- Organic Light Emitters (such as OLEDs) / Detectors. OLEDs are finally a mass-market item, now that the Google Nexus One sports one for its (beautiful) main screen; though it is very difficult to imagine any technology taking on LCDs in mainstream displays until display requirements take a radical turn. OSRAM (Siemens sub; sister co of OSRAM Sylvania which is hiring lots of engineers in Danvers to make regular LED lighting) has been demonstrating OLEDs for general lighting, which is interesting because one can (theoretically) make large panels. One of the perennial issues with OLEDs has been encapsulation to keep out moisture and oxygen for long lifetime. On the cutting-edge end, work continues on high-responsivity organic detectors (this one about work at the excellent UCSB group, drill down for paper). And of course, as with every other light emitting material, you try to make it into a LASER! The latest advance from the group of Steve Forrest (UMich), a guy you often find at the forefront of optical materials and devices, is described here (there’s a Nature Photonics article for anyone who wants to dig more).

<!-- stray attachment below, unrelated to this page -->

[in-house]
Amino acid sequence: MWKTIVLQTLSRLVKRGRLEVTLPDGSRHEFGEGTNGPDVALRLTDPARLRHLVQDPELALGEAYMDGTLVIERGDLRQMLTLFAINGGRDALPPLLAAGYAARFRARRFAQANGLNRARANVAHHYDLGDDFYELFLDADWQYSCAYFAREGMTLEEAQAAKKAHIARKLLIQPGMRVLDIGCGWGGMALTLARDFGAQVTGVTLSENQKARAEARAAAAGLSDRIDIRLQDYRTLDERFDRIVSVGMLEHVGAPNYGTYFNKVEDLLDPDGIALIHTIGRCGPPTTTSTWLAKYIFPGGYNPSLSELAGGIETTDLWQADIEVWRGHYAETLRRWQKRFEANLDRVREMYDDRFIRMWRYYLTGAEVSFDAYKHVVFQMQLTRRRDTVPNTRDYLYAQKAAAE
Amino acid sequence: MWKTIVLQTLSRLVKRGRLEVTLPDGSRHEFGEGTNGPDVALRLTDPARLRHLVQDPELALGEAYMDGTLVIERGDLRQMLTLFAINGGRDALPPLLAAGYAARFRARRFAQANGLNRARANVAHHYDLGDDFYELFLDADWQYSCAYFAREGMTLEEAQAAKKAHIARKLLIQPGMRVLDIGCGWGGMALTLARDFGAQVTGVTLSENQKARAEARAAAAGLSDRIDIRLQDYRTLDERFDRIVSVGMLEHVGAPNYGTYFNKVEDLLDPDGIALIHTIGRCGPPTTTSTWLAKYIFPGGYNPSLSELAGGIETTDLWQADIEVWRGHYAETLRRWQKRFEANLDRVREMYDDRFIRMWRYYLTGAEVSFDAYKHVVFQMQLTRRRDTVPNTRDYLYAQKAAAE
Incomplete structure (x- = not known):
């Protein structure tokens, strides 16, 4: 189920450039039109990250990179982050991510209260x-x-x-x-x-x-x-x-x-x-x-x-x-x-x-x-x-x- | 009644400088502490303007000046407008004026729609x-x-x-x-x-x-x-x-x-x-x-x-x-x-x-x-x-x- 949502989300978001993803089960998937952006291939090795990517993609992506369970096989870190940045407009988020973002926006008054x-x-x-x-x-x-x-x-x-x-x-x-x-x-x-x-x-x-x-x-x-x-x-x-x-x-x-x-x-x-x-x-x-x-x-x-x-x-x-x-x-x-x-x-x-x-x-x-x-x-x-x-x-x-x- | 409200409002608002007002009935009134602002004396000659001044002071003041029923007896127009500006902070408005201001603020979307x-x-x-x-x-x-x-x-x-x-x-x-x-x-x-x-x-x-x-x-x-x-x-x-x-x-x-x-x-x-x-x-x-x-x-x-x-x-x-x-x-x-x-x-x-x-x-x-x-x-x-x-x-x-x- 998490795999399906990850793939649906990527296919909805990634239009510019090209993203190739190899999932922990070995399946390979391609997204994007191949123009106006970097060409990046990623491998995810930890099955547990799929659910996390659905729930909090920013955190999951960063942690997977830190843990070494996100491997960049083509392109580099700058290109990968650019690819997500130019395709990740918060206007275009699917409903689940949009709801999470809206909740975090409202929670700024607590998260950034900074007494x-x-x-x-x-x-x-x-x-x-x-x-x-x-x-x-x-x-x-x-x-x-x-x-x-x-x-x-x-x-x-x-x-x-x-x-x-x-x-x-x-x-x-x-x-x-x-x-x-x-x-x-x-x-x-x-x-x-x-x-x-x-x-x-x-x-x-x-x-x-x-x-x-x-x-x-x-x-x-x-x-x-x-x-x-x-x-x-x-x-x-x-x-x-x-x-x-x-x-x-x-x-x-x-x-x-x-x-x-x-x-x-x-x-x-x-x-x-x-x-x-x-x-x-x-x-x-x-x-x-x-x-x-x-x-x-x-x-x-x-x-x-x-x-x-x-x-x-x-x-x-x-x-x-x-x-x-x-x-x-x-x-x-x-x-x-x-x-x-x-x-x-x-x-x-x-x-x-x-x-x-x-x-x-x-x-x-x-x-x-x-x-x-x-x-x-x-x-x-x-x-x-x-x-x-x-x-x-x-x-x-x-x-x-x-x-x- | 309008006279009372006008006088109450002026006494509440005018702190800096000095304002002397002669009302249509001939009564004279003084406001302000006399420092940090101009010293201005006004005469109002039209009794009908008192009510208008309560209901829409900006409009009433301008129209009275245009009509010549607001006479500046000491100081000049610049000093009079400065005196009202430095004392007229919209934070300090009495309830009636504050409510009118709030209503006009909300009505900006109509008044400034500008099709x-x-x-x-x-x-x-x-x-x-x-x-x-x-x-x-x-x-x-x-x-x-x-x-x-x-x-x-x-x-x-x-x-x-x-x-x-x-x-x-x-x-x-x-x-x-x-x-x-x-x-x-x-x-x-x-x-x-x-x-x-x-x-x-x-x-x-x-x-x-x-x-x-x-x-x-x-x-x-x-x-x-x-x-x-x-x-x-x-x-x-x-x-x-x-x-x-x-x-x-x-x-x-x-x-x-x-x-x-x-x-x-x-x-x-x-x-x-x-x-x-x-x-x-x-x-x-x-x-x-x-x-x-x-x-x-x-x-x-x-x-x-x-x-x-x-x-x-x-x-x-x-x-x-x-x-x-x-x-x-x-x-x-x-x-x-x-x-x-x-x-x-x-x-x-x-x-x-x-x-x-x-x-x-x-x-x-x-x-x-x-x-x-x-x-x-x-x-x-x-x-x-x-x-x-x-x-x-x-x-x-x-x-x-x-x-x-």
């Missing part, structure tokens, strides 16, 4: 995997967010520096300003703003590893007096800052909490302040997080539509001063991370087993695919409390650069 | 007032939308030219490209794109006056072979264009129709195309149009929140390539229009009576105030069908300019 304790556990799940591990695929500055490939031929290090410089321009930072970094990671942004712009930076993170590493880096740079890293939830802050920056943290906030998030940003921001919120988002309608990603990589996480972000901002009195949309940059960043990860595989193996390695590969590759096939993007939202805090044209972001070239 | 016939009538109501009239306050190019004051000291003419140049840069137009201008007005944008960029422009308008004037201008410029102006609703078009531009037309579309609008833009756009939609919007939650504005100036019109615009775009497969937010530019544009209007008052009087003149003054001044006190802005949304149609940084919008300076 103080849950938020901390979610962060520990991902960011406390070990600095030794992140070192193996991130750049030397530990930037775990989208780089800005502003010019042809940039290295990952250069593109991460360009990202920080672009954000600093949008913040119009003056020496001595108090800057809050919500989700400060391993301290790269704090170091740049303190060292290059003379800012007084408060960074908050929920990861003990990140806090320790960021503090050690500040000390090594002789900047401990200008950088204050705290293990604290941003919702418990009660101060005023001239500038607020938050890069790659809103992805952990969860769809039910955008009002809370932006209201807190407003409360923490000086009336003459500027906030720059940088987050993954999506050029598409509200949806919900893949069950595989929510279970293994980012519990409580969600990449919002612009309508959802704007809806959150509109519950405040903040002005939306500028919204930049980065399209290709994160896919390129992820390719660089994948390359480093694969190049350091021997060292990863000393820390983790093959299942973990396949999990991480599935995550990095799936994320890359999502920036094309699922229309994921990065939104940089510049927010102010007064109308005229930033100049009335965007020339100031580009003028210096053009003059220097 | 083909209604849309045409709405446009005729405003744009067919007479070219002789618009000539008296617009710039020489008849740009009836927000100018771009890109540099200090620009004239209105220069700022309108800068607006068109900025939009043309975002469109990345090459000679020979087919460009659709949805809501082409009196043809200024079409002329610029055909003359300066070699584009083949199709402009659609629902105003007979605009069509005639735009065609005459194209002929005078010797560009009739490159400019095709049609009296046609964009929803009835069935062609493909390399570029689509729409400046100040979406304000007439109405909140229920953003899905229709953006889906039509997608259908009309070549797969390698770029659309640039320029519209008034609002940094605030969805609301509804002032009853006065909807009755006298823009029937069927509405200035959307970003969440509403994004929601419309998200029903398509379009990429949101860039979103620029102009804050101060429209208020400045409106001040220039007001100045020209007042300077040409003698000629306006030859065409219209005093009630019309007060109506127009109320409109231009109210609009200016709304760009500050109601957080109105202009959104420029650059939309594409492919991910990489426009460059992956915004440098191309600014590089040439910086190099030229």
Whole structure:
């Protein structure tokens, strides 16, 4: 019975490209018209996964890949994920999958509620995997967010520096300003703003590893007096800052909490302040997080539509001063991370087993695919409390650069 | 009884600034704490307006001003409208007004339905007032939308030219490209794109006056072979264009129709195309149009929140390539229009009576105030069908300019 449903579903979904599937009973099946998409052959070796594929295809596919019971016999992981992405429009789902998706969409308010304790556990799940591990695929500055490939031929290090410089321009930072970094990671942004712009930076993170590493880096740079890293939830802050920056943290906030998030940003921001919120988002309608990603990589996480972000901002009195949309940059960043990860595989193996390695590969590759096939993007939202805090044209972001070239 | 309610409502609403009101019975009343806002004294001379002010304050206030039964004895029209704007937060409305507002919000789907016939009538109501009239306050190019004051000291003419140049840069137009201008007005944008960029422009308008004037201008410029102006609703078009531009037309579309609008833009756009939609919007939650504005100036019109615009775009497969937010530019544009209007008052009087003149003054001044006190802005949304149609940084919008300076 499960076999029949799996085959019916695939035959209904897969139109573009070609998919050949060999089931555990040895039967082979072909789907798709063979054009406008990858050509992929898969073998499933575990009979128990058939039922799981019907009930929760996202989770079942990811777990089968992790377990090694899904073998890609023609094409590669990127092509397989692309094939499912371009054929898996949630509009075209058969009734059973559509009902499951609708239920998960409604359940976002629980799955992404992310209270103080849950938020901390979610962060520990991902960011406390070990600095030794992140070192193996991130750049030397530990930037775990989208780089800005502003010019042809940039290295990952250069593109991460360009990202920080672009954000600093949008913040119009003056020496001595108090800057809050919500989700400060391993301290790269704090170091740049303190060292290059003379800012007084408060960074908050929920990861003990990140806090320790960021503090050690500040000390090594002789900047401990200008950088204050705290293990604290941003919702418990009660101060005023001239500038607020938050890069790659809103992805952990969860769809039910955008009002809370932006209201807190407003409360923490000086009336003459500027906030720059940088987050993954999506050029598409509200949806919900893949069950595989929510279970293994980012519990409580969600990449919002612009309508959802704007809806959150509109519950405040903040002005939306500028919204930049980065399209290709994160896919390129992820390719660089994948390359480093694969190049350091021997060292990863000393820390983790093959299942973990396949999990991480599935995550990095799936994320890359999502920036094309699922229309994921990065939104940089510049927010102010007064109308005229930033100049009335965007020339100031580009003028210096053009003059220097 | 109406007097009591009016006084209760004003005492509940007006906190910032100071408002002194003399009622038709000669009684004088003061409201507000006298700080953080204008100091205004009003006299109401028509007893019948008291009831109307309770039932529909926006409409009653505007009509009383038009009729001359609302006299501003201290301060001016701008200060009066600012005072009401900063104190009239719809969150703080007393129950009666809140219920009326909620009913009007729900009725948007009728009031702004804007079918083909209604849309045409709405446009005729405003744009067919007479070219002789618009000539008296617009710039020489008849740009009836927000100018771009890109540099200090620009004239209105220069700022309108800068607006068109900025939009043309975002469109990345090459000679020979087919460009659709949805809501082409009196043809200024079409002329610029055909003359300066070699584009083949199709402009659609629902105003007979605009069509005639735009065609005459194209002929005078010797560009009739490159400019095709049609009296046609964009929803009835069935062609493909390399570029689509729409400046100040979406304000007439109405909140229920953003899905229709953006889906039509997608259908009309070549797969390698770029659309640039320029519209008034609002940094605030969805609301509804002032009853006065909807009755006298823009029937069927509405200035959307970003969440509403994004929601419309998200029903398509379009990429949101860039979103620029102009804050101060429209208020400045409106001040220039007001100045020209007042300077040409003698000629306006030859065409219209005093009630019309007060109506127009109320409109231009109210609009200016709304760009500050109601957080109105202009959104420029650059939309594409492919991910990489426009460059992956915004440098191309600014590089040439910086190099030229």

- Surface Plasmon Resonance. The use of patterned thin metallic films which couple radiation into the plane of the metal, very selectively; they effectively combine optical and electrical transport which makes them interesting. SPR is used in commercial biosensors built by Sensata Technologies in Attleboro (NYSE:ST, former TI division taken private and IPO’d this year by Bain Capital). Work in this area is being done in a number of labs including MIT’s Marin Soljacic (though he mainly does theory here), who is also behind Witricity, the MIT wireless power spin-off (not SPR, though it is resonant!). Metal films with tiny holes to achieve interesting optical effects are being used by Pacific Biosciences (>$200M from Kleiner Perkins, Alloy, MDV and others ) to build next-generation gene sequencing equipment. SPR devices being dreamed up remind me a little of the many photonic crystal devices which were postulated 10 years ago– they look great on paper, but since (as opposed to 1D layered thin film devices) they require lateral patterning, accurate fabrication is difficult, and your performance rapidly degrades. So “averaging” over a large effective sample, and controlling that average in fabrication, is the way to go.